Archaeoastronomy

 

What follows are my notes studying astronomical orientations & alignments as they pertain to megalithic sites and monuments, i.e. Archaeoastronomy. The purpose is for inspiration in the creation of gaming related resources such as:

  • Maps for structures and sites
  • Motivations for Cults of various typical D&D inspired alignments
  • Events within games
  • Inspiration for the creations of story elements. Example: prophesies
  • Puzzles and Mysteries
  • Background information to give “more life” to a gaming world

This is not an exhaustive resource on this topic. Where appropriate, I am significantly simplifying elements to “get to the point”. I’m not NASA nor a rocket scientist, I’m just a lowly Dungeon Master.

Modern Cosmology vs. The Manual of the Planes vs. Spelljammer

First off, all of this research (obviously) only applies if you are using an analogous “real world” Earth cosmology within your game. That is to say, the equivalent of a 365.25 day solar cycle, one major moon, and stellar constellations which go through a procession. This is the base assumption within the Spelljammer box set BTW. I may do more research on Spelljammer and insert updates here. Regarding The Planes, I like to refer to the Far Realm (Based on Lovecraftian references, introduced in AD&D 2e, formalized into the cosmology of the edition which will go unnamed, and remains in D&D 5e) but this has no “real” celestial origin.

Does it Matter if Your World Rotates Around the Sun?

For all practical purposes of these alignments, I don’t think it does. Since we are keeping all of this simple, I believe the end result is the same. I will assume a standard model here, but for any “flat earth” type of fantasy world, the same celestial movements can be applied (in which case, you may want to severely limit any motion by players to research a telescope in game!).

Does it Matter if You have a “Leap Year”?

No. To keep it simple, this can be ignored, but any calculations below assume Earth’s solar cycle.

The Sun

Since the Earth rotates around the Sun on a tittle rotational axis, the amount of daylight incrementally varies on a daily basis and produces 4 defined Solar events.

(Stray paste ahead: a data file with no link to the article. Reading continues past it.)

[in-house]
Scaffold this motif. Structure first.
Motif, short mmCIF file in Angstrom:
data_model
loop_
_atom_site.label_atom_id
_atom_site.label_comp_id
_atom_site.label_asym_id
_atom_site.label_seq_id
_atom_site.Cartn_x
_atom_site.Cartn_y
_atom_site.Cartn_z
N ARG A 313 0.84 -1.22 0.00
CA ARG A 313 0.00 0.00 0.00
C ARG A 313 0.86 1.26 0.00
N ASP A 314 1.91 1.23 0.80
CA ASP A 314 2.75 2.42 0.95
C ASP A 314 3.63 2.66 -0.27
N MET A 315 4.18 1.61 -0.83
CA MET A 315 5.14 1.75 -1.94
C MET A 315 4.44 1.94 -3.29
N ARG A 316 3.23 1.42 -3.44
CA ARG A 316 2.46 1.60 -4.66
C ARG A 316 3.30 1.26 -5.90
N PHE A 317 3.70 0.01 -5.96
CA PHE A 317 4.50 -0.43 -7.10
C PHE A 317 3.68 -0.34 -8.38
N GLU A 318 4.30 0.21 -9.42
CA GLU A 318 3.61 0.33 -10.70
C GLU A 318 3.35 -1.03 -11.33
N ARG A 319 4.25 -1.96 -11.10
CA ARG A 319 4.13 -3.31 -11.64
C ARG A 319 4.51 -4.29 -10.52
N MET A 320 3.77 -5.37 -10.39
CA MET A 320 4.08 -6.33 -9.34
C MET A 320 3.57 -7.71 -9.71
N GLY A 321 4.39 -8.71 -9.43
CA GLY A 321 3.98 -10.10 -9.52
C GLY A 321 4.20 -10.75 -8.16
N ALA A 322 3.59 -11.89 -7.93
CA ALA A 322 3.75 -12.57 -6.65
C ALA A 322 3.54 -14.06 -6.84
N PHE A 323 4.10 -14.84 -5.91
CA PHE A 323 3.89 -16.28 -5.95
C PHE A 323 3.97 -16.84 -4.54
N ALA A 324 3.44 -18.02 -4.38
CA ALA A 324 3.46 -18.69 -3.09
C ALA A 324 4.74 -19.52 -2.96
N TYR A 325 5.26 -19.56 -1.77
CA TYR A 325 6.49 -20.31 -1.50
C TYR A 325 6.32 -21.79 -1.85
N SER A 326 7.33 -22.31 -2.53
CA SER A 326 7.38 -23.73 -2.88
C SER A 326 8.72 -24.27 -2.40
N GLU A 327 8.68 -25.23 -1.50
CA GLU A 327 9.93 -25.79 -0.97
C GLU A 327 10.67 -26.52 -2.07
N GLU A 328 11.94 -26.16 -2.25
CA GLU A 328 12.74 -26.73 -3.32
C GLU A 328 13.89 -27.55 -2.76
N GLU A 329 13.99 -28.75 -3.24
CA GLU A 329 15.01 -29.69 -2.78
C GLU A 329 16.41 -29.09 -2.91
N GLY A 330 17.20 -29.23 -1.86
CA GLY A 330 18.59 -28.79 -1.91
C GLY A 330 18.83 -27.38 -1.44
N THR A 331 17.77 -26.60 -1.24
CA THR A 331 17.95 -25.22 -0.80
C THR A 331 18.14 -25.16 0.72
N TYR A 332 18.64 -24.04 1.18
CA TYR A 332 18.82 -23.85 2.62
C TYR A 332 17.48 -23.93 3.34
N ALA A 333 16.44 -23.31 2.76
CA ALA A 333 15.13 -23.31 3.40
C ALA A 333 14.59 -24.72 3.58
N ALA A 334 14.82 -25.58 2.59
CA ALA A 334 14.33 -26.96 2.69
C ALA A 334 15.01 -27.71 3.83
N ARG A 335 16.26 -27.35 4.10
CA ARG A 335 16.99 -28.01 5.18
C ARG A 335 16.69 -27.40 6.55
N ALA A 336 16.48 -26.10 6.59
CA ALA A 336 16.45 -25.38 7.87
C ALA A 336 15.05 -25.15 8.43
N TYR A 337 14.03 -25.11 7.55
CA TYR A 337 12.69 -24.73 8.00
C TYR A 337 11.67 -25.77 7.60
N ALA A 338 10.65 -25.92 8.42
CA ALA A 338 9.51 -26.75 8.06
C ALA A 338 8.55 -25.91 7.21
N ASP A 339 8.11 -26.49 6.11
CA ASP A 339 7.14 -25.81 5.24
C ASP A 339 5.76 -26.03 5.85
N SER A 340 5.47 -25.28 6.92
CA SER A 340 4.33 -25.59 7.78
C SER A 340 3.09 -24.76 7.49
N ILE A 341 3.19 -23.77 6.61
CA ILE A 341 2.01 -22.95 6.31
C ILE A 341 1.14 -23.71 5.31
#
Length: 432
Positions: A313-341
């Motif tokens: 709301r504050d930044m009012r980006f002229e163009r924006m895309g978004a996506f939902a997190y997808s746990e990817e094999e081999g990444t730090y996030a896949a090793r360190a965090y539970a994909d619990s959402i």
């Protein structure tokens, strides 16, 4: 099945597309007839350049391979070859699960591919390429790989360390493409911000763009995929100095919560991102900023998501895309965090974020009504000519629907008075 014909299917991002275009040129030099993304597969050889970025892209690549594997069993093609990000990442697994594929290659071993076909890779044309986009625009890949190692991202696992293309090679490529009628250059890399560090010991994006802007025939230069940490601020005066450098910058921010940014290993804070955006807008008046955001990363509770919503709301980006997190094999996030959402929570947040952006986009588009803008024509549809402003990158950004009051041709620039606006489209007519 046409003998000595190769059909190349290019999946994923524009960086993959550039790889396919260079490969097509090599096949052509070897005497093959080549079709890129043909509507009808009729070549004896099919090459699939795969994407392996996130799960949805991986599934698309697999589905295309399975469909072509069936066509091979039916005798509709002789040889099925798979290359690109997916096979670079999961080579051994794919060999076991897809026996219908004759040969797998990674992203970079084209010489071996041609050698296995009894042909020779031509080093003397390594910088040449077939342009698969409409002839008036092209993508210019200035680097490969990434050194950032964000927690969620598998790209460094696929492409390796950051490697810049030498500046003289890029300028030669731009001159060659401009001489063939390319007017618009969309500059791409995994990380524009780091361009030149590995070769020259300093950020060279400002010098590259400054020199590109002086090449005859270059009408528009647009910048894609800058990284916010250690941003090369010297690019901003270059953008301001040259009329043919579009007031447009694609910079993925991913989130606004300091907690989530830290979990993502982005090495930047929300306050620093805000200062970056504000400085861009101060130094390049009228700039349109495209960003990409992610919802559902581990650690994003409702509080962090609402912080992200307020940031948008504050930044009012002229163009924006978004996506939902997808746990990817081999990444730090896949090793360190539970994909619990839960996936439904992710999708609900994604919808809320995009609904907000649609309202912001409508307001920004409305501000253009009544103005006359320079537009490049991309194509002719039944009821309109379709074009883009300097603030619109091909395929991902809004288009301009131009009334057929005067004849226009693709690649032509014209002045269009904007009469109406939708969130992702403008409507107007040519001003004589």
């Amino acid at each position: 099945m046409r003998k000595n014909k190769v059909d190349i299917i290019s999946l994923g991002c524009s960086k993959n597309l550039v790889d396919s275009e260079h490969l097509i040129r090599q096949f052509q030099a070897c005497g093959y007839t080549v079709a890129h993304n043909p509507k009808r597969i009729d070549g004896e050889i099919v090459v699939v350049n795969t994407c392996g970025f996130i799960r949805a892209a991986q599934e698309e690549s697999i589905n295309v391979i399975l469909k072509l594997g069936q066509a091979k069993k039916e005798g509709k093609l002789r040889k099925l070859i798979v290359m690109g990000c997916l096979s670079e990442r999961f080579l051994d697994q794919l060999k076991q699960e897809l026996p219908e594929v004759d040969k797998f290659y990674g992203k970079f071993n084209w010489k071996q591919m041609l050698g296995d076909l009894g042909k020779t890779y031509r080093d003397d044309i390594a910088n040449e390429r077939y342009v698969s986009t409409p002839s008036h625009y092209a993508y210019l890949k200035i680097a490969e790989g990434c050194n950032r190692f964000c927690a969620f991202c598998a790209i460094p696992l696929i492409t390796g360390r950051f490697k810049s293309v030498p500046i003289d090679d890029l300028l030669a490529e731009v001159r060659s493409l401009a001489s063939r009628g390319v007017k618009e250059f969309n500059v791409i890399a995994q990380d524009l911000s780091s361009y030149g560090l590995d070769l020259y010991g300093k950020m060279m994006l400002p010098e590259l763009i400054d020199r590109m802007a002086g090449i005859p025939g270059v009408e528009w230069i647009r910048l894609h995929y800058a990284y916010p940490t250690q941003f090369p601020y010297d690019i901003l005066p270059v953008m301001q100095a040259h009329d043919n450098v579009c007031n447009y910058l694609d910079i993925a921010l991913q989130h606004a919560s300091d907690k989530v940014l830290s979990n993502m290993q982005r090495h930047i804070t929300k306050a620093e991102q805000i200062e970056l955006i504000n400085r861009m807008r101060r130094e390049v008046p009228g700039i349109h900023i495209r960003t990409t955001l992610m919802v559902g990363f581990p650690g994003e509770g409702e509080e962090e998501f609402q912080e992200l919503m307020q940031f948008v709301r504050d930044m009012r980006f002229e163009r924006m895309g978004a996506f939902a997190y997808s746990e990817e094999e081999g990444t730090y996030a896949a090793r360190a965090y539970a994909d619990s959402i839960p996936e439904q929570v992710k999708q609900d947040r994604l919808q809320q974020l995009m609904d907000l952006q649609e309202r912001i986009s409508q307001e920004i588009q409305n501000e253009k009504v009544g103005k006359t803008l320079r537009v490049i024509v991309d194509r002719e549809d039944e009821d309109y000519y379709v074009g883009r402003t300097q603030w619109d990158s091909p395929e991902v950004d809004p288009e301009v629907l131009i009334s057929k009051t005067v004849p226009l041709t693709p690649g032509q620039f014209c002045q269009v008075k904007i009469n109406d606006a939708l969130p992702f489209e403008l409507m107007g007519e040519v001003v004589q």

Note: Keep in mind that each definition assumes a location in the Northern Hemisphere of the planet. Each event is “reversed” if the observer is located in the Southern Hemisphere.

EQUINOX

Equinox

In simplistic terms, Equinox refers to the two days of the year when daytime and nighttime are of equal durations.

The Vernal Equinox refers to the day in the Spring that daytime = nighttime and marks the “first day” of Spring in most cultures.

The Autumnal Equinox refers to the day in the Autumn that daytime = nighttime and marks the “first day” of Autumn in most cultures.

Solstice

In the simplest terms, Solstice refers to the two days of the year of either the longest or shortest daylight (and hence the shortest or longest night). In addition, the Solstice marks the day of most Northerly or Southerly procession of the Sun across the sky during the year. Solstice is historically of more importance from an occult perspective.

Note: Keep in mind that each definition assumes a location in the Northern Hemisphere of the planet. Each event is “reversed” if the observer is located in the Southern Hemisphere.

Summer Solstice marks the date of the longest day, or in other words, the longest amount of daylight.

Winter Solstice marks the date of the longest night, or in other words, the smallest amount of daylight.

Other Basic Terms

Meridian: The path which the Sun takes across the sky.

Zenith: Noon. The time of highest point in the sky for the sun across it’s Meridian during the day.

SOLAR ECLIPSES

Straight from Wikipedia: A solar eclipse (as seen from the planet Earth) is a type of eclipse that occurs when the Moon passes between the Sun and Earth, and when the Moon fully or partially blocks (“occults“) the Sun. This can happen only at new moon when the Sun and the Moon are in conjunction as seen from Earth in an alignment referred to as syzygy. In a total eclipse, the disk of the Sun is fully obscured by the Moon.

Frequency of Solar Eclipses

Although, on average, a total solar eclipse occurs somewhere on the Earth once every ~18 months, the frequency of eclipses at one exact location is rare. I can’t find a straight answer on this. The best I have right now is “it is estimated that they recur at any given place only once every 360 to 410 years, on average.”

The Moon

 

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